Parent Survival Guide: U.S. sees increase in kids with COVID-19
CHARLESTON, S.C. (WCSC) - Since late January, the Academy of Pediatrics said about 2.68 million kids in the U.S. have tested positive for COVID-19.
The Academy of Pediatrics said kids represent 12.7% of all cases in the U.S. Pediatrician Dr. Tory Caudle with Sweetgrass Pediatrics says as we see more nationwide cases of the virus as a whole we will continue to see more cases involving kids.
“While kids still have a low infection rate compared to adults and still relatively rare to have severe illness if you increase the population size of kids that are sick then you will have more with severe illness even though the numbers are still low we are still seeing increases,” Caudle said.
Caudle said as of right now she does not think the increase of COVID-19 cases in kids has anything to do with the new variants. She says she has only seen a small percentage of severe Illness in kids and they’re much less likely to be hospitalized or die from Covid-19.
Caudle said she does not want to see those numbers go up and urges parents to continue to practice current CDC safety measures.
“No matter what, we want parents and families to social distance, the hand washing and mask wearing. That’s the best we can do right now,” Caudle said.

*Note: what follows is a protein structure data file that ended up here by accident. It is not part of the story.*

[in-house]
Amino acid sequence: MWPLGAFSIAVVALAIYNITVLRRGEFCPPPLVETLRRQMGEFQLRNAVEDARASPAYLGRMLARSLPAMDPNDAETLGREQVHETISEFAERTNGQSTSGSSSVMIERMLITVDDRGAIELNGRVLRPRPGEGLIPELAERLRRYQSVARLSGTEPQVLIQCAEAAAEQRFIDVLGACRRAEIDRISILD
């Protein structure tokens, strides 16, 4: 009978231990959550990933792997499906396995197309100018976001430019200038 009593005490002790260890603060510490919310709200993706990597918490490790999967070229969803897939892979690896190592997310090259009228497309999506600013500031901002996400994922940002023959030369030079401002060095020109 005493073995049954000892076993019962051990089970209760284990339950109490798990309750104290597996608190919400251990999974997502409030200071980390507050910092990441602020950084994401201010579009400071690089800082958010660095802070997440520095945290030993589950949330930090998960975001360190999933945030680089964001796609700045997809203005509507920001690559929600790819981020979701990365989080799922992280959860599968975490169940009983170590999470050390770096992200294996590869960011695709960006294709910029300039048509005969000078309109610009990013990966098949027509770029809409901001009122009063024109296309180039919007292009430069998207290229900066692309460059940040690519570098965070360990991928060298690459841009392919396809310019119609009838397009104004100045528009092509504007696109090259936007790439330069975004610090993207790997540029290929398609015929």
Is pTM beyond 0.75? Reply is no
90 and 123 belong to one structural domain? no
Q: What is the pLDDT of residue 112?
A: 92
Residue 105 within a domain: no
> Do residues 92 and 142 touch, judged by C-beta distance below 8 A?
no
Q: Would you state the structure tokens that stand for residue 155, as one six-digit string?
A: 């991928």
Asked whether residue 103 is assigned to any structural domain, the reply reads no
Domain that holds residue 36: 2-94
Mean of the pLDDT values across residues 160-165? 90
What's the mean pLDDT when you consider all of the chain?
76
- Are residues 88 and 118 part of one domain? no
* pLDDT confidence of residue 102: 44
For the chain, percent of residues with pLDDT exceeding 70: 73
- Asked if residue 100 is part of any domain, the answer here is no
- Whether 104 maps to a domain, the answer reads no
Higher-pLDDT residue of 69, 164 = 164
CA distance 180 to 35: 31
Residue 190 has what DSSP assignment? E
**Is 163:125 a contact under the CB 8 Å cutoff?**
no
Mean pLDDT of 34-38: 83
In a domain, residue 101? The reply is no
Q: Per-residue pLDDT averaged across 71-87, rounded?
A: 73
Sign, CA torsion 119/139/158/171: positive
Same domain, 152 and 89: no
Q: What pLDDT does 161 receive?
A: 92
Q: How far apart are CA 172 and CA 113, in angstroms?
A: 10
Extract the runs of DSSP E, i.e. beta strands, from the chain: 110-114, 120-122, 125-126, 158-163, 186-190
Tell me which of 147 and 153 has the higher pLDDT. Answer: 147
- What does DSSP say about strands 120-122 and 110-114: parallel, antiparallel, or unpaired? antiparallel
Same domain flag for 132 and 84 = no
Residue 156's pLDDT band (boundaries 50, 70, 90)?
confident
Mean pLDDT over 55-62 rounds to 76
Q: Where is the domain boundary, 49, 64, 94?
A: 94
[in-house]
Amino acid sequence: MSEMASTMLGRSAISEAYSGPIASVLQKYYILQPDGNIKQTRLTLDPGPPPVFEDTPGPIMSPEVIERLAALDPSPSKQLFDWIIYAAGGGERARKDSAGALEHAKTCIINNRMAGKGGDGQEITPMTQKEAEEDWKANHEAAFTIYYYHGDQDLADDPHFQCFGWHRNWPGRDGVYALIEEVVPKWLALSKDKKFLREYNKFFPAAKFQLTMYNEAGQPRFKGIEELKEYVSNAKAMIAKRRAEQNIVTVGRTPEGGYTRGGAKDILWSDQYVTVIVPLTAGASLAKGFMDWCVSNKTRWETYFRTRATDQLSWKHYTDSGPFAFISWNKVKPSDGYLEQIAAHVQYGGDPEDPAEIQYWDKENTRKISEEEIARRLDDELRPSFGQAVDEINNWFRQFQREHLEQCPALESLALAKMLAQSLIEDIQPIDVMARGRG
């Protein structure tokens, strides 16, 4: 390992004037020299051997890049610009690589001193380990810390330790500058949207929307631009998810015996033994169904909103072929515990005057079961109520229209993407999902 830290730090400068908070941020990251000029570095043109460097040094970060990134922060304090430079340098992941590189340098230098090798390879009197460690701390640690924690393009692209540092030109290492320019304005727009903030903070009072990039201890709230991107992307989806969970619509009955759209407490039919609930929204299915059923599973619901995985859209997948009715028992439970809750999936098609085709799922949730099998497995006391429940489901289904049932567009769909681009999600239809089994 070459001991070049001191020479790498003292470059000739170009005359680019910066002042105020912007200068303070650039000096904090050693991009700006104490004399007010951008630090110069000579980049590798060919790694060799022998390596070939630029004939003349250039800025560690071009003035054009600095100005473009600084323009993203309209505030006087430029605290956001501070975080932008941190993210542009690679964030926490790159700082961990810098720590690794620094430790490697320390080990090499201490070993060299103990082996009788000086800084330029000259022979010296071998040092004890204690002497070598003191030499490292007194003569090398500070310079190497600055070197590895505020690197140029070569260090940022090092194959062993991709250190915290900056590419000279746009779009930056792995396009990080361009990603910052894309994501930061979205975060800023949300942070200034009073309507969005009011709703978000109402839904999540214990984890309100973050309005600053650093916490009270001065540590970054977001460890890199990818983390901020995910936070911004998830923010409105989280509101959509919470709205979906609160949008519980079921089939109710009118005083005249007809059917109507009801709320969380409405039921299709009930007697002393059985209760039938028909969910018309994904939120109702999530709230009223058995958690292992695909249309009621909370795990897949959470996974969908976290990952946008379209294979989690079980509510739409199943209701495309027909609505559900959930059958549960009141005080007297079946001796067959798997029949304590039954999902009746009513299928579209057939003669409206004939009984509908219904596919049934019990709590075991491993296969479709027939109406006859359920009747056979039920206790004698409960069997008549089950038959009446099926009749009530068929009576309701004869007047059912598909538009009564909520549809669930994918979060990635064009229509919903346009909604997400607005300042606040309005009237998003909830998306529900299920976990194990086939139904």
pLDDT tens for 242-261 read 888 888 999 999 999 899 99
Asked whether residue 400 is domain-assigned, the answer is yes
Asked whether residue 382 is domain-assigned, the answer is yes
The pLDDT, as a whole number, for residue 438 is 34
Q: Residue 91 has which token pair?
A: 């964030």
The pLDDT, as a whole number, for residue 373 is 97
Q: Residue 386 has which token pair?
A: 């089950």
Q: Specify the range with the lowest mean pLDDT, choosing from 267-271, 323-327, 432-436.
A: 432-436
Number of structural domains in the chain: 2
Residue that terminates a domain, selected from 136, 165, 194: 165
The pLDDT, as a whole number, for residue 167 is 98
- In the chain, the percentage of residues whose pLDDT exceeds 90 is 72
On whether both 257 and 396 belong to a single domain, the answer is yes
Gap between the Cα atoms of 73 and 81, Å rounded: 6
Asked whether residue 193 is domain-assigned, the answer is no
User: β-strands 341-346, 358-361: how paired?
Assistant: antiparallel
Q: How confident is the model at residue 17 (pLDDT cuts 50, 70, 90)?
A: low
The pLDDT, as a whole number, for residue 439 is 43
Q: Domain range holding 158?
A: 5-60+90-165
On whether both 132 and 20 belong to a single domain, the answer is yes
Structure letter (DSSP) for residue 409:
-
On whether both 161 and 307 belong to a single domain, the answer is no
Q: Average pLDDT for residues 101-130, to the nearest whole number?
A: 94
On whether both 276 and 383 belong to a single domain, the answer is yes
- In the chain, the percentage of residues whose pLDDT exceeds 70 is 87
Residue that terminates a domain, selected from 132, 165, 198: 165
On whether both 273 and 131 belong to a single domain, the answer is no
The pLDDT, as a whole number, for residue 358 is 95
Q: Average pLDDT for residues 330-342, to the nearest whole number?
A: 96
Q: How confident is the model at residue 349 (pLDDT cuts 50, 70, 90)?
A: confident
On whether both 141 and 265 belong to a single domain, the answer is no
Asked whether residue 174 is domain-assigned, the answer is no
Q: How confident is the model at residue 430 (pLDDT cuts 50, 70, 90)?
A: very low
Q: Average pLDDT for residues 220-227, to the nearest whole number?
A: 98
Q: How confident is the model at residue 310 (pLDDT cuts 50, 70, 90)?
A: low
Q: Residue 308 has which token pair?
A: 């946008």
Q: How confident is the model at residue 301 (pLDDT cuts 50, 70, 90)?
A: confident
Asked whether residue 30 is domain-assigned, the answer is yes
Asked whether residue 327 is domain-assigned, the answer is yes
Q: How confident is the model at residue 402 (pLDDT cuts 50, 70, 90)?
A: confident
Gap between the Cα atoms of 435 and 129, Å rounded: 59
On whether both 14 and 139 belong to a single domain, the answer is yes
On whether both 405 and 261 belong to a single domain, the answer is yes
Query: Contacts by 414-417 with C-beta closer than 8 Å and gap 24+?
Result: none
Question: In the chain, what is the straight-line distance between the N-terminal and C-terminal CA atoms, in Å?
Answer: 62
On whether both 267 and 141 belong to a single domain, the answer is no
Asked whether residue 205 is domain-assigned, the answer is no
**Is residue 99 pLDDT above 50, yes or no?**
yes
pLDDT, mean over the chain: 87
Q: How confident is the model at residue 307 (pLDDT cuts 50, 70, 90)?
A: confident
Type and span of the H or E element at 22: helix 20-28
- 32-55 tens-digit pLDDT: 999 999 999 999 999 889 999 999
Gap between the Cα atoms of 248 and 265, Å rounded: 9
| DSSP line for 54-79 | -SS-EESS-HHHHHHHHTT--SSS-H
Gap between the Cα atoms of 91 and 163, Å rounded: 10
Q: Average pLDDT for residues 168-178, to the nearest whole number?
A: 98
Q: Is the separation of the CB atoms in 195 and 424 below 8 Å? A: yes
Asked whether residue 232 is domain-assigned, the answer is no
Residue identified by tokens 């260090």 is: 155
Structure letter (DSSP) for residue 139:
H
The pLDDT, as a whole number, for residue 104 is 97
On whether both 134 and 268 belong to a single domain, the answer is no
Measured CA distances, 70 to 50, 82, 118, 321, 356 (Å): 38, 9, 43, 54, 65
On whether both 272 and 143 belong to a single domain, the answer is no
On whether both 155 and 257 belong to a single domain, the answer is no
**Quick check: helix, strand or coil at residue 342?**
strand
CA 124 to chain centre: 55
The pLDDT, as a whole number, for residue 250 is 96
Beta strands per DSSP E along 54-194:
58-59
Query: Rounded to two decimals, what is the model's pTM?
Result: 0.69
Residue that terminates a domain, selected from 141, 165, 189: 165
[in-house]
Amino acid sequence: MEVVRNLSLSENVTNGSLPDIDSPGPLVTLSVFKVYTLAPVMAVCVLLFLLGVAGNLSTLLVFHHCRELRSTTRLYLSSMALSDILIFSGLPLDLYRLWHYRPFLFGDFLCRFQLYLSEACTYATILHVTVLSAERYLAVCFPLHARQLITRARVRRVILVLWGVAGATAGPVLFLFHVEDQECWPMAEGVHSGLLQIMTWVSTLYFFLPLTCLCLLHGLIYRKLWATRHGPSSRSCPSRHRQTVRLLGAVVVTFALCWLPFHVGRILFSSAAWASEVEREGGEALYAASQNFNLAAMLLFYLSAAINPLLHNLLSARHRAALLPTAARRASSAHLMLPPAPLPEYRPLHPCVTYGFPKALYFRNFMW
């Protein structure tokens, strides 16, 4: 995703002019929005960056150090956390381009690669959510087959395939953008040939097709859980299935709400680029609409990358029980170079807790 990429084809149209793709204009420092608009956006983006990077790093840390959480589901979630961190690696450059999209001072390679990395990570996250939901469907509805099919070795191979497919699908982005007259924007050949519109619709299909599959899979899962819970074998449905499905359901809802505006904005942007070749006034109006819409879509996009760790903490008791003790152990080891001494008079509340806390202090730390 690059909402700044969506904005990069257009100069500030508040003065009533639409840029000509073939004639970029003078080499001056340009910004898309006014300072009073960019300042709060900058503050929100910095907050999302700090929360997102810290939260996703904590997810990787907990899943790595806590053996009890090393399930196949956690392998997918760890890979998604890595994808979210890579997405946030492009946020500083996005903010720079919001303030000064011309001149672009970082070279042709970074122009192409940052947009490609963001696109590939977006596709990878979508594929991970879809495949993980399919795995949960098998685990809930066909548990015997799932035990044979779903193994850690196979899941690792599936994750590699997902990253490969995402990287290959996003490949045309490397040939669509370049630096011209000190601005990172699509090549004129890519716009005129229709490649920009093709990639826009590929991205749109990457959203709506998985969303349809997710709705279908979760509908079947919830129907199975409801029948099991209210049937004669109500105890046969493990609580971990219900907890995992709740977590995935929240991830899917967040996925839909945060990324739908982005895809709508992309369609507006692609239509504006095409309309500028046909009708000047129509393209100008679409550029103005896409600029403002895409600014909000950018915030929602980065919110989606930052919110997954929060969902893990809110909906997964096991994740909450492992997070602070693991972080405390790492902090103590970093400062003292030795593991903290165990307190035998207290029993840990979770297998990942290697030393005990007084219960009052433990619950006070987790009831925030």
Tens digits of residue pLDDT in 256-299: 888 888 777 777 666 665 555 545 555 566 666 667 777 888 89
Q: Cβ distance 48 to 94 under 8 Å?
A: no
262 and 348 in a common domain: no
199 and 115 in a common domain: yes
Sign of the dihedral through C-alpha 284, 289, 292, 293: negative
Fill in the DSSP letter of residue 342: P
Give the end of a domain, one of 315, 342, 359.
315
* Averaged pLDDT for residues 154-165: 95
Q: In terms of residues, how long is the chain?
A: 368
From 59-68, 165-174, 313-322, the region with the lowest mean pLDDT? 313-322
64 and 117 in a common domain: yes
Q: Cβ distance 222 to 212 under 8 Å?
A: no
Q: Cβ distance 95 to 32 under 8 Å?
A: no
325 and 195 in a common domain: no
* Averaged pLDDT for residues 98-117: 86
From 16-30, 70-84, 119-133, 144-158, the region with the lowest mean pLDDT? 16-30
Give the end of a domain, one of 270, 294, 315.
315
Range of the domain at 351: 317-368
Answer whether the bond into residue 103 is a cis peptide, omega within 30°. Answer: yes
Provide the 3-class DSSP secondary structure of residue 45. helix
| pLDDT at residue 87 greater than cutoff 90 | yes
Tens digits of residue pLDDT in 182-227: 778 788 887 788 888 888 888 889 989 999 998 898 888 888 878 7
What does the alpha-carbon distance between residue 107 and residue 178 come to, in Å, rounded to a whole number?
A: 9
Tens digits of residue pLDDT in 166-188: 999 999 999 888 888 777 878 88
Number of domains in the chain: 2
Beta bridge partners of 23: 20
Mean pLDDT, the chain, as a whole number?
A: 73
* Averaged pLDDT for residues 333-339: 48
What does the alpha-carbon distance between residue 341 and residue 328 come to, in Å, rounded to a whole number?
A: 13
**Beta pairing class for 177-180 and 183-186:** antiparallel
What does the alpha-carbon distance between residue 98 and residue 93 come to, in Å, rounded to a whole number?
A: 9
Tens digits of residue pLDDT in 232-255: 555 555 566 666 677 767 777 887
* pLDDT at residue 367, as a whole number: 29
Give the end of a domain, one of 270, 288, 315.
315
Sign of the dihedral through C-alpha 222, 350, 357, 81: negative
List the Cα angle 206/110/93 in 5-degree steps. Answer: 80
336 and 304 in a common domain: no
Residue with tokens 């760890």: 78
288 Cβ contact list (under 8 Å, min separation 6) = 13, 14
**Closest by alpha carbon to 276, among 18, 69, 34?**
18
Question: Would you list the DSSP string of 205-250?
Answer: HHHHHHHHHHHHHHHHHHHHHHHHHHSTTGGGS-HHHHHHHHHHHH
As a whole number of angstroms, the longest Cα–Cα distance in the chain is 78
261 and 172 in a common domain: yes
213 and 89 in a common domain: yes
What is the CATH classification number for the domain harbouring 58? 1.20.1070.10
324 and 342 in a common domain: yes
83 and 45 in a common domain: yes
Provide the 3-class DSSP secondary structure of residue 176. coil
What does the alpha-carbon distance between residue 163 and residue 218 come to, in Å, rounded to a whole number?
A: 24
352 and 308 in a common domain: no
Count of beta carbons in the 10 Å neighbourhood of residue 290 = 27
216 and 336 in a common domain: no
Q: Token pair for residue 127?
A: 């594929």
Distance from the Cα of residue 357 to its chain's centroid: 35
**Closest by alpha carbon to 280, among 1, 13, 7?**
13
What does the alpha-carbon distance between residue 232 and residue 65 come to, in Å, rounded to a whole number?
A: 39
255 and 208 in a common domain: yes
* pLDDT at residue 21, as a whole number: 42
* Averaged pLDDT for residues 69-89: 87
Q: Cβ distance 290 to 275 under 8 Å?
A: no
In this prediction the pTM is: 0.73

When it comes to kids getting back in school she stands with the guidance the CDC recently released. She feels ok with kids getting back into the classroom as long as school districts have extensive safety measures in place and are properly distancing, using masks, sanitizing and following other safety procedures.
“As long as you talk to your kids and the schools are doing their part we should be ok,” Caudle said. “Kids have milder symptoms and parents think it’s just a cold. It can be asymptomatic. There’s a wide range there. So any type of symptoms that are new with your child, you should make an effort to keep them from being around other people or keep them at home.”
Currently, the CDC said it does not know if the new COVID-19 variants are causing more cases of a rare complication in children called Multisystem Inflammatory Syndrome.
Caudle said if you think your child might be sick, or if they’re diagnosed with COVID-19, stay in contact with your pediatrician.
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